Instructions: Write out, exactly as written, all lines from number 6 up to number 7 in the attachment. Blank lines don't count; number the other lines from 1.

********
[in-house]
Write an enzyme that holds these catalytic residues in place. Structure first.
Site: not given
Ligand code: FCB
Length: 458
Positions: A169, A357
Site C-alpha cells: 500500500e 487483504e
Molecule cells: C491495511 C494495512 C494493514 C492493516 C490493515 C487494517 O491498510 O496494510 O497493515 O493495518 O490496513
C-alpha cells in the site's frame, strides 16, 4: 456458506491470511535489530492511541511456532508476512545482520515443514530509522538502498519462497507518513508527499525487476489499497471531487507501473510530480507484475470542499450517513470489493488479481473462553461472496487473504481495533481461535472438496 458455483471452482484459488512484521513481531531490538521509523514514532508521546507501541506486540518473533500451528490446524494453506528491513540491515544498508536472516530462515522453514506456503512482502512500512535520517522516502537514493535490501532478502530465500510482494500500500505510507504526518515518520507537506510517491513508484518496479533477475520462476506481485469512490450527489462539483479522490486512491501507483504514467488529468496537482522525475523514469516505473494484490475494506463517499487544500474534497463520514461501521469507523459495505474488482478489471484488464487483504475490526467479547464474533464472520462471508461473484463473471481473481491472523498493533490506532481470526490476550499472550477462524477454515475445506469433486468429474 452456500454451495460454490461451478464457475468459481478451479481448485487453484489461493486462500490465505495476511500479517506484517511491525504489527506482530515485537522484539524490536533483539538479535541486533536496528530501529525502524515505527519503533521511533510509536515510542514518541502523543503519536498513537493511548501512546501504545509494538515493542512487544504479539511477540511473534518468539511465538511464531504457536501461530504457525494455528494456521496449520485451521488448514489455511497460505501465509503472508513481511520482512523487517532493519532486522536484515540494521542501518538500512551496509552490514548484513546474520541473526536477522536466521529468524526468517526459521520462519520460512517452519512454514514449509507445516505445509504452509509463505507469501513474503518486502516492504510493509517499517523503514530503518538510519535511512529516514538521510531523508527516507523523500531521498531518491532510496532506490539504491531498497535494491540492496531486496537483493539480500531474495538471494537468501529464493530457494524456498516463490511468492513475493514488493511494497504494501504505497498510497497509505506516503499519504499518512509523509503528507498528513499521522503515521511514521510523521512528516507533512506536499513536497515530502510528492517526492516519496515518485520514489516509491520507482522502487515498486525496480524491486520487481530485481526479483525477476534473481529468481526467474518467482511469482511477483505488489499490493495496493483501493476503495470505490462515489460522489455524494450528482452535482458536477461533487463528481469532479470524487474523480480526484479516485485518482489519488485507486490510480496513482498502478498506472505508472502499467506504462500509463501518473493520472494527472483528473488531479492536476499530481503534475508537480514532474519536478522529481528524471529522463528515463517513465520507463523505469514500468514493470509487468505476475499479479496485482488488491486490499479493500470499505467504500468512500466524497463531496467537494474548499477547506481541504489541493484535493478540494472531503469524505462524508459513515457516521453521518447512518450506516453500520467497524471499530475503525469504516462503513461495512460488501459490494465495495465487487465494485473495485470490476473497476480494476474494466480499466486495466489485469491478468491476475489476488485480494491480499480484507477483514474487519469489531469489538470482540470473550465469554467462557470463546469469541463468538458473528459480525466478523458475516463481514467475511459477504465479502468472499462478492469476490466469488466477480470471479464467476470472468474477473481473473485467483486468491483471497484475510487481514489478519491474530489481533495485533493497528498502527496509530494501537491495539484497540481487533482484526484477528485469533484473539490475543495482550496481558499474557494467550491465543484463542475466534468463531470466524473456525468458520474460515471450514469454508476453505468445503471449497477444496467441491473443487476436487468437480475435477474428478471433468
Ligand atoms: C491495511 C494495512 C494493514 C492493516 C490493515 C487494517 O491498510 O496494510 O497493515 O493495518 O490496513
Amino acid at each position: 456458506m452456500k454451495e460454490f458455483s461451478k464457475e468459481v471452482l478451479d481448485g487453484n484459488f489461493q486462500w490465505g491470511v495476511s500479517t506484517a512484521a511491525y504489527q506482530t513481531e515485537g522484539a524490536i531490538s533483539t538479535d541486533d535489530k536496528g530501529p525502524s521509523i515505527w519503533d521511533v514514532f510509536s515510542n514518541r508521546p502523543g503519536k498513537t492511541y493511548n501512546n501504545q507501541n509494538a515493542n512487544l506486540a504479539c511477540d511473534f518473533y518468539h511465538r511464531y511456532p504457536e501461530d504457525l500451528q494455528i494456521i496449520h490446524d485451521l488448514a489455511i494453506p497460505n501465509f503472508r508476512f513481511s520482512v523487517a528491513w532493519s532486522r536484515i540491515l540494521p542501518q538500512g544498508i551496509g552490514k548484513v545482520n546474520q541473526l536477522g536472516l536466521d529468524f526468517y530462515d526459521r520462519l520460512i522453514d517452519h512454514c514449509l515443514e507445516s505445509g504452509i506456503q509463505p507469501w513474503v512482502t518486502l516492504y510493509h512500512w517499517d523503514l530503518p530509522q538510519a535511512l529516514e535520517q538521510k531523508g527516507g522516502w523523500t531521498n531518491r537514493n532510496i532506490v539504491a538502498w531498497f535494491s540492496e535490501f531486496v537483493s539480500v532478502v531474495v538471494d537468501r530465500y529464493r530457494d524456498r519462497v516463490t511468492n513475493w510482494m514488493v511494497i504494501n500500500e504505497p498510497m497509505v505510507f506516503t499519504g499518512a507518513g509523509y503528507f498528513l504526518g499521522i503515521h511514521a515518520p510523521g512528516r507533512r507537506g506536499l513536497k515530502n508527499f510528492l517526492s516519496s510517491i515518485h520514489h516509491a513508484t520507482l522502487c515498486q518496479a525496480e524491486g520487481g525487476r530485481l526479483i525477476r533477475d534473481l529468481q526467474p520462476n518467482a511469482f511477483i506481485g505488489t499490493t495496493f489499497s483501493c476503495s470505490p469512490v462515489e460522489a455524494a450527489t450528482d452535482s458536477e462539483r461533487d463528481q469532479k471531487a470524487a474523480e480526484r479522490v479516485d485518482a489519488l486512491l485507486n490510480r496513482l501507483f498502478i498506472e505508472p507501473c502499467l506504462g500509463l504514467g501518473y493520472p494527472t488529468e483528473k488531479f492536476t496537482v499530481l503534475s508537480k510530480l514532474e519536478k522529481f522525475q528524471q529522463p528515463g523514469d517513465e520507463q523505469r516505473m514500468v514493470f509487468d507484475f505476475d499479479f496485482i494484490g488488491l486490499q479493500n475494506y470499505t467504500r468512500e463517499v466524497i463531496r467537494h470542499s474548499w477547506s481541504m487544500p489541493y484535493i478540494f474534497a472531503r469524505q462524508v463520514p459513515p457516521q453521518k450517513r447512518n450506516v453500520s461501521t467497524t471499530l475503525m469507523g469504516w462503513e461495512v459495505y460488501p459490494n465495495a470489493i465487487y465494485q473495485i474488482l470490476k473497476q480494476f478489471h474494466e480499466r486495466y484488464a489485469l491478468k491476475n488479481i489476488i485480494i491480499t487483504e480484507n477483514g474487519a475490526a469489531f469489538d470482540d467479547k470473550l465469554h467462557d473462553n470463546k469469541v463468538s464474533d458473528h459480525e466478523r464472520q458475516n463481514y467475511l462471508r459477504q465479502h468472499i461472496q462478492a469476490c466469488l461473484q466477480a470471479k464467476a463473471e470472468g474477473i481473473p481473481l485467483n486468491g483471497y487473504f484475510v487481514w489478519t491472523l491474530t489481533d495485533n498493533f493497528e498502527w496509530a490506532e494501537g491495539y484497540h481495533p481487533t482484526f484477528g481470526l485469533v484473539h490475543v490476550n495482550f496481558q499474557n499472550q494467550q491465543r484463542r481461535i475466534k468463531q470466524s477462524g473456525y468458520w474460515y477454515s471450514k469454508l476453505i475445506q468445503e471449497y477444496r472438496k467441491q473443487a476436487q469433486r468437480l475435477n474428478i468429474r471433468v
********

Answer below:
Positions: A169, A357
Site C-alpha cells: 500500500e 487483504e